Newspaper Archive of
Indian Valley Record
Greenville, California
Lyft
April 6, 2016     Indian Valley Record
PAGE 2     (2 of 30 available)        PREVIOUS     NEXT      Full Size Image
 
PAGE 2     (2 of 30 available)        PREVIOUS     NEXT      Full Size Image
April 6, 2016
 

Newspaper Archive of Indian Valley Record produced by SmallTownPapers, Inc.
Website © 2018. All content copyrighted. Copyright Information.     Terms Of Use.     Request Content Removal.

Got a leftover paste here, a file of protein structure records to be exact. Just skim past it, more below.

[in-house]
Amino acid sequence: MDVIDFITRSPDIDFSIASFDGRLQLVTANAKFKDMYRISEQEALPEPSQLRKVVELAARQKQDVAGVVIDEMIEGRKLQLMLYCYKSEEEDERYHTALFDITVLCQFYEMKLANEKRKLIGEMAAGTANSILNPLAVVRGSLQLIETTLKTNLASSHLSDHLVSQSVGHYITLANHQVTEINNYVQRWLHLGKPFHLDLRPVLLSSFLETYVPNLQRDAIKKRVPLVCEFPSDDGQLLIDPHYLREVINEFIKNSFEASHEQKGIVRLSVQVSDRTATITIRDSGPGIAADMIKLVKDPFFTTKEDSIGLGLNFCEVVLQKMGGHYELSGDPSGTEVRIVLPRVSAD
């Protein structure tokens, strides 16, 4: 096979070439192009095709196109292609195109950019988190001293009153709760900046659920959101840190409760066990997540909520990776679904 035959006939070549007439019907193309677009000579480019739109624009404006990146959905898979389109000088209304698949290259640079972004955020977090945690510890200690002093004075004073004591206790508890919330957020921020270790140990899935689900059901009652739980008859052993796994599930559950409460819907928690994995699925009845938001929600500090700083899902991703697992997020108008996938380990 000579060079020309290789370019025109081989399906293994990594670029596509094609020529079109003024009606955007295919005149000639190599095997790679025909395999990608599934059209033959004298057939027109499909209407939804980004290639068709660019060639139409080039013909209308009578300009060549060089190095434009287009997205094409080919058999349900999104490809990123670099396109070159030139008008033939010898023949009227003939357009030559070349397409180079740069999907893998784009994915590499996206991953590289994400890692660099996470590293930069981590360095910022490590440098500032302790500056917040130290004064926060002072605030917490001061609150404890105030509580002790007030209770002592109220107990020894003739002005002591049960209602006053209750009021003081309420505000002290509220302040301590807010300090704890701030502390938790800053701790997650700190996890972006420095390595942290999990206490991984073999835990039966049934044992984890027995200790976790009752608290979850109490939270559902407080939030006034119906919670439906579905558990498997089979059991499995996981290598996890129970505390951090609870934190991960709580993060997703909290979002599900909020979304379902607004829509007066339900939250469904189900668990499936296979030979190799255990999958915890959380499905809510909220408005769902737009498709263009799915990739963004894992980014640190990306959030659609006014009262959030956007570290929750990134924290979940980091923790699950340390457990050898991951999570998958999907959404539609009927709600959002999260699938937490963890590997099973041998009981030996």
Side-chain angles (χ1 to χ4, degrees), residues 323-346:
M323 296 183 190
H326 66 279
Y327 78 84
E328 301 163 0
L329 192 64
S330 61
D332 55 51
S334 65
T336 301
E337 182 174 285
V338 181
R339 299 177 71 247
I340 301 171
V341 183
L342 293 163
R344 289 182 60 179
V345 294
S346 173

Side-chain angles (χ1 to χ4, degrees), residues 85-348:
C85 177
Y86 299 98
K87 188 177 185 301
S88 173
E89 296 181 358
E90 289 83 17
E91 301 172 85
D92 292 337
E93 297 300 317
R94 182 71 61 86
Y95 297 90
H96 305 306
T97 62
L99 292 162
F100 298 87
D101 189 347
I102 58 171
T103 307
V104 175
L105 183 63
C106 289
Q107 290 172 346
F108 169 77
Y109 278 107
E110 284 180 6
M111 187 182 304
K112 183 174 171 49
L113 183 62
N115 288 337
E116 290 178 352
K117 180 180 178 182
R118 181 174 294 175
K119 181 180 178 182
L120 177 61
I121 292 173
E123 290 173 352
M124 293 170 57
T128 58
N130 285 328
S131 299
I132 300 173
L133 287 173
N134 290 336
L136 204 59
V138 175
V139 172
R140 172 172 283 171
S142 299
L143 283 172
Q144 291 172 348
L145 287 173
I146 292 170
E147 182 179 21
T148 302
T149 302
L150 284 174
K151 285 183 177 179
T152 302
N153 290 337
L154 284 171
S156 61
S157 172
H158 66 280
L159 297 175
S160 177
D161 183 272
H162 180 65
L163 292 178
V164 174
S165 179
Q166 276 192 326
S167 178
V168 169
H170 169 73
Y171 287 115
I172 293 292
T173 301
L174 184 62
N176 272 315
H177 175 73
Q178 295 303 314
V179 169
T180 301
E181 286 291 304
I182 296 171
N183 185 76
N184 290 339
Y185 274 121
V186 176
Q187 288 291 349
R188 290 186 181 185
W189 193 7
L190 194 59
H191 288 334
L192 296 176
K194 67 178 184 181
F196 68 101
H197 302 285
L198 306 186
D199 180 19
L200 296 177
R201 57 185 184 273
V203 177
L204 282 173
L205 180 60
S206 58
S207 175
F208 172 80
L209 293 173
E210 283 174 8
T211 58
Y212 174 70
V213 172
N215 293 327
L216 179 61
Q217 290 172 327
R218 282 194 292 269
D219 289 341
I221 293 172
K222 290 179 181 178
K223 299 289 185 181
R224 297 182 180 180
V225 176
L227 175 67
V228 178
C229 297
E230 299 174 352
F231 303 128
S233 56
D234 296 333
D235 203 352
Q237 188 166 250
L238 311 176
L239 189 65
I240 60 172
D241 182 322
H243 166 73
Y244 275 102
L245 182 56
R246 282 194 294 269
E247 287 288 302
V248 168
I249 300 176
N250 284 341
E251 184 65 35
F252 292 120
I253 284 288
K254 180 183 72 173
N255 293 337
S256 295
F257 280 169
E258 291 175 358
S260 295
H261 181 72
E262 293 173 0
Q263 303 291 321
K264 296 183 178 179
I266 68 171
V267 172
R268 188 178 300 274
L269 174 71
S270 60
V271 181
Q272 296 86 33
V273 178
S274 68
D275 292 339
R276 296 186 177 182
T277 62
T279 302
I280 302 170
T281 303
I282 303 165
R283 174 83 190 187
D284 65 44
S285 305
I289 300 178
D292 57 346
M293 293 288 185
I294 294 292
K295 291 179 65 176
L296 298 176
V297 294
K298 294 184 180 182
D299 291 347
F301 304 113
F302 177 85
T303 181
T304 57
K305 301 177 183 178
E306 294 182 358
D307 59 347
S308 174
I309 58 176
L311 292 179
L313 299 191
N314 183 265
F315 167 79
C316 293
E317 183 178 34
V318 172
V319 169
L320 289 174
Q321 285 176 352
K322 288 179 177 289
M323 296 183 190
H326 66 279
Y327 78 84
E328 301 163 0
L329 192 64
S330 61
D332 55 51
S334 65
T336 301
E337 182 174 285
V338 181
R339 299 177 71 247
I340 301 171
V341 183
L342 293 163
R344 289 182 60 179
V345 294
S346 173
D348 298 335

2A Wednesday, April 6, 2016 Indian Valley Record FINANCES, from page 1A In her written comments to the board, Cavin said she expected the district to achieve a balanced budget in the 2018-19 fiscal year. At the time of the first interim budget report in December, the district was in "qualified" status. The operating deficit was projected to balloon to more than $2 million for the next fiscal year and increase to $2.67 million for the 2017-18 school year. That deficit spending threatened to drop the general fundbalance below the state-mandated reserve of three percent by 2017-18. Cavin told the board in December, "If our second interim budget report is also qualified, we will have to do a third report. It's unlikely, but if we're not careful it could happen." The district has been careful, establishing a budget advisory committee to recommend possible cuts and a district advisory committee to assess what facilities could be designated surplus property. Superintendent Terry Oestreich said at the March meeting that the $2 million figure had been "a little overwhelming," and thanked the district's team for its hard work on the budget: Board president Leslie Edlund also thanked staff "for really taking a close look and making hard choices. Things are starting to look a little better." The district is not out of the woods yet. Facility expenses, particularly the possibility of a catastrophic event, remain a concern. The board has funded a facilities master plan and is considering a facilities bond measure. Board members delayed funding any bond preparation efforts just yet, on the advice of Oestreich. Oestreich said she had spoken with consul{ants who "recommend we don't move forward right now." The bond preparation is "a lot of work" and the district doesn't want to miss any stakeholders, she said. The decision was postponed until the end of April. Oestreich said it would still be possible to get a bond measure onto the November ballot, or the board could decide to hold off until November 2018. Another facility issue also got delayed when an expected appraisal of Taylorsville Elementary School did not materialize. Patty McCutcheon, executive assistant to the superintendent, told the board the appraiser expected to do an inspection in mid-April and have a report finished by the end of the month. The board has declared the school surplus property. By law, the Plumas Charter School has first dibs on it, and has indicated an interest in purchasing it. Both parties are awaiting the appraisal to determine a purchase price. In addition to facility costs, a number of unknowns could affect the district's budget, for better or worse, Cavin said. Those unknowns include a drop in one-time funds from the state, possible forest reserve money, expiring taxes, energy funds, declining enrollment, minimum wage increases and increasing personnel costs. "Seventy-four percent of the budget is spent on personnel--and it will be going up," Cavin said. A standing-room only crowd attends the Plumas Unified School District board meeting Wednesday, March 30, to address the question of whether Greenville High School and Indian Valley Academy should reconstitute their partnership. The meeting had to be moved from Quincy Elementary School to the district office following a power outage. Photo by Delaine Fragnoli REPRIEVE. from page 1A about it like this," Holt said. She responded directly to Washburn's comments, saying if the charter school's administration and board were ready to move on, then she questioned the level of commitment. "What if PUSD adjusts its staffing and it still doesn't work?" she asked. Holt went on to say that the board is not responsible for personnel, other than the superintendent. Board is HeartwormAwareness Month Heartworm Tests Exams (if Needed) s240o (a current exam within the last year is required to start preventative medication) disease is serious! Don't let your dog be one of 250,000 dogs infected with this fatal, but preventable condition. Call Today for an Appointment! I \ INDIAN CREEKVETERINARY CLINIC 258 Old Arlington Rd. Crescent Mills, CA 283-9318 e 535 LAWRENCE ST., QUINCY "'D, ve a Little, Save a To send a legal: typesetting@plumasnews.com To send an advertisement: mail@plumasnews.com member Dwight Pierson "limited rather than a reiterated that point later full-blown partnership." in the meeting, as did James Reichle, whose Edlund. grandchildren attend Indian Edlund echoed Holt, Valley schools, said it was saying she was "unrealistic" to expect to "disheartened" by the work out a new partnership viciousness, which included in time for the next school a personal threat in front of year. He encouraged the students, "hateful e-mails," board to appoint an ad hoc "unfounded and brutal committee that, "at a accusations." minimum would prevent Later, Edlund clarified IVA from moving to that although some of the Taylorsville and buy some animosity was directed at time." her, "most of the negativity Parent Jenay Cogle was toward one another." exhorted the board to let the Edlund said she saw community try one more "some potential for a new time and said she had a and improved partnership group of people committed -- in theory." to doing the needed work. Like Holt, she detected Although board members "hesitancy" on the part of have adamantly denied any Washburn and Schramel plans to shutter GHS, who were "here on behalf of several speakers expressed a parents and with lingering fear that conditions." continued declining Edlund said any enrollment would negotiations would need to eventually lead to closure. move slowly and would Earlier, Cogle voiced her require a mediator, someone concern that if the who could be "a long-term partnership ended, "I don't coach." see how to dangle enough "It will take 100 percent carrots to draw back enough commitment of all," Pierson students (from IVA to GHS). said, "which I haven't seen The carrots aren't big to date." enough." Board member Bret Cook, Reichle expressed similar who lives in Indian Valley fears. "If 100-some students and cast the lone no vote wasn't enough, then 77 isn't against ending the enough." partnership, said he still Cook said, "I still think favored some kind of the best way to preserve arrangement, perhaps a GHS is with a partnership:" County Supervisor Kevin Goss told the crowd that after years of effort, the county was getting $20 million from the state for street improvements in Greenville. "A new crosswalk leading to an empty school -- I don't want to see that." COMMUNITY UNITED METHODIST CHURCHES OF INDIAN VALLEY GREENVILLE Sunday Service * 10 a.m. * Youth Group after Service Corner of Pine & Church streets 530-284,7076 TAYLORSVILLE Sunday Service & Children's Church School 9:30 Brunch to follow a,m, ' Corner of Nelson & Warren streets * 530-284-7956 AllAre Welcome/_______Z www.facebook.com/ [ Plumasnews I There is not a gift shop like ~~s:,cen t ~ou~n:try ANTIQUES & GIFTS Please come by ... and see why. Many new items coming in every day! -Thank you- Congratulations to Carol Paolie (Quincy)... she found the $50 Hours: Wed-Sat 11-5 Sunday: 11-4 Hwy 89, Crescent Mills (530) 284-6016 Golden Egg! . ',